The Importance of Being Supported as an LGBTQ+ Fundraiser
“Be yourself; everyone else is taken.” –Oscar Wilde
Several years ago, I was surrounded by a handful of new colleagues my first day on the job. We were playing a round of “ask the newbie” twenty questions. One of my new colleagues, seeing my wedding rings, asked what my husband did for a living. Well, that was quick.
As an out gay Hispanic woman married to another woman, the “out” part has always been a little tricky. Most of the time, folks don’t guess the gay part.
I came out to members of my immediate family my freshman year in college. It was a process that was intentional and challenging. Since then, I have learned that coming out is an ongoing process in every new sphere I enter. And navigating it has become a self-taught dance.
I entered the fundraising profession 15-months after graduating from college. My first job, for a magazine in Los Angeles, was a dream job for this English major. Until it wasn’t. Clashes with the publisher after a change in ownership had me looking for a new job.
My “How did you end up in fundraising?” story is quite amusing. But that’s not what we’re here for. I was fortunate in that my first two development positions were with prominent LGBTQ+ organizations—one a regional LGBTQ+ community center, the other a national LGBTQ+ civil rights advocacy organization. Being out wasn’t an issue at my next position with a progressive legal organization. In fact, my hiring supervisor held my former organization in such high regard that he and his wife were members of their signature donor circle.
So, for the first 12 years of my fundraising career, being open about my female partners—marriage equality was still a few years off—was not an issue with my colleagues, board members, donors or volunteers. For the most part.
I was also fortunate to find very supportive mentors and role models, including the director of major gifts at my first development job. He saw in me the potential to be a major gifts officer and served as an early mentor. The development director at that organization, Joel, while stern, was an amazing fundraiser and development strategist. There are things he taught me more than twenty years ago that I use not only in the development departments I have led but also in my life. Board members at that organization also served as role models and sponsors. It wasn’t until many years later that I understood the full impact of their sponsorship at a critical moment in my career advancement. The development director at the next organization I worked for, Cathy, was incredibly astute. I learned a great deal just by observing and listening.
Having these openly LGBTQ+ role models early on in my career was crucial. It allowed me to focus on letting my gifts make room for me in ways that were authentic and not forced as my fundraising career evolved. This unconditional support proved a buttress when grappling with and overcoming systemic barriers that I would encounter later in my career.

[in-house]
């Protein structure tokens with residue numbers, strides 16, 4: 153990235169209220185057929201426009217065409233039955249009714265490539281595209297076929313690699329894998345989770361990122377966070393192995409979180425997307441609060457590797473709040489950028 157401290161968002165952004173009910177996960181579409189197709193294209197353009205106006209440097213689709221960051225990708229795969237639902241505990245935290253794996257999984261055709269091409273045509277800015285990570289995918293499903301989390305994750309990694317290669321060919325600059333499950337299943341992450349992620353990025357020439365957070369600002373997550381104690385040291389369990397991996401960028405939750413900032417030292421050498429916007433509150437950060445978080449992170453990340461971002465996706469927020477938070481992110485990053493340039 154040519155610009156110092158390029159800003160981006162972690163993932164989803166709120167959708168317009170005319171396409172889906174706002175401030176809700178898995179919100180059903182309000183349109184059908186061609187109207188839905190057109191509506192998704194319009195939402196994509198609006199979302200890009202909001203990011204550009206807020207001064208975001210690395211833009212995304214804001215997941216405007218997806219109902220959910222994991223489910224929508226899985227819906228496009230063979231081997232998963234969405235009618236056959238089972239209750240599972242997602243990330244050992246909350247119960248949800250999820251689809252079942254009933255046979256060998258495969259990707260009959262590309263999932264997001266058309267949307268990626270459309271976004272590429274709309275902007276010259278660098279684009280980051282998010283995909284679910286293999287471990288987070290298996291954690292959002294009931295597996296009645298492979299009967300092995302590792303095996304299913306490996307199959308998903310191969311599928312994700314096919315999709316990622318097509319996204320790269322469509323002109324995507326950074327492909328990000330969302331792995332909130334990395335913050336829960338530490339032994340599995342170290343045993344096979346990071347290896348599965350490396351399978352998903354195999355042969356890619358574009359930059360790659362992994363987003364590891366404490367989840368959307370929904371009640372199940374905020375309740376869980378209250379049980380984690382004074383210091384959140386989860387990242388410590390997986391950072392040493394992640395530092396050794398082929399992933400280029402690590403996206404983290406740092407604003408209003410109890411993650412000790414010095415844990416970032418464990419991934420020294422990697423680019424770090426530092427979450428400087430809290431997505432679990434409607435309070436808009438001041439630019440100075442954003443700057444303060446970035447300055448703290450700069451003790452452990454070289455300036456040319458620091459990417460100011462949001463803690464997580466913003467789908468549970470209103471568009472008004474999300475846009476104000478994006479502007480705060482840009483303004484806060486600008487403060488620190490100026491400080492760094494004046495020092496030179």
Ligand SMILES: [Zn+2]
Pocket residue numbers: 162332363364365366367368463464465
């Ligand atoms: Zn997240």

Earlier this year, my new boss, Kate, left it up to me whether to share with my new fellow senior leaders over Zoom—because we are all still working from home, which is how my entire interview process and onboarding went down—that my father-in-law had passed away the day before, and how hard it was not to have been able to travel with my spouse due to the pandemic/travel restrictions. It was my second week on the job.
I had elected to bring it up during the interview process, so Kate and a handful of these new colleagues knew I was married to a woman. But for the other seven colleagues on the video conference, this would be my coming out dance. In my interviews with Kate, I felt secure in knowing that I was hired for who I am, not just for what I do.
I did have the occasional tough moment on the job, but it’s not what you’re thinking. When I worked for that progressive legal organization, the prominent head of a civil rights organization scolded me for automatically assuming he “was straight” while checking him in at the organization’s annual conference. He had asked about a name badge for his partner to attend the session he was speaking; I assumed his partner was a woman. I did not bother pointing out the irony that he, too, assumed I was straight as he dressed me down. I remember the lesson, which is not to assume. I also remember how he went about imparting the lesson and how he made me feel, which was not very good. That is why, now, I always take a deep breath and respond as non-defensively and as candidly as possible when asked what my husband does for a living.
There is rarely malice in the assumption. I know this dance, and I get to pick the song.
As we close out Pride Month, I am personally looking forward to a celebration of my own. August will mark my 25th year in the fundraising profession. Grateful doesn’t even begin to describe how I feel for the colleagues, the organizations, the donors, the clients, the students, the causes I have served for and with. Having a successful career takes hard work, but that only gets you so far. You need people who believe in you and your humanity. I think the organizations I have worked for have benefited from me bringing my whole self to my work.
And I am grateful that my new(ish) colleagues recognized my humanity that afternoon on Zoom. It reinforced my conviction that I ended up in the right place.
Jaye Lopez Van Soest, CFRE, is senior director of development at Fair Food Network.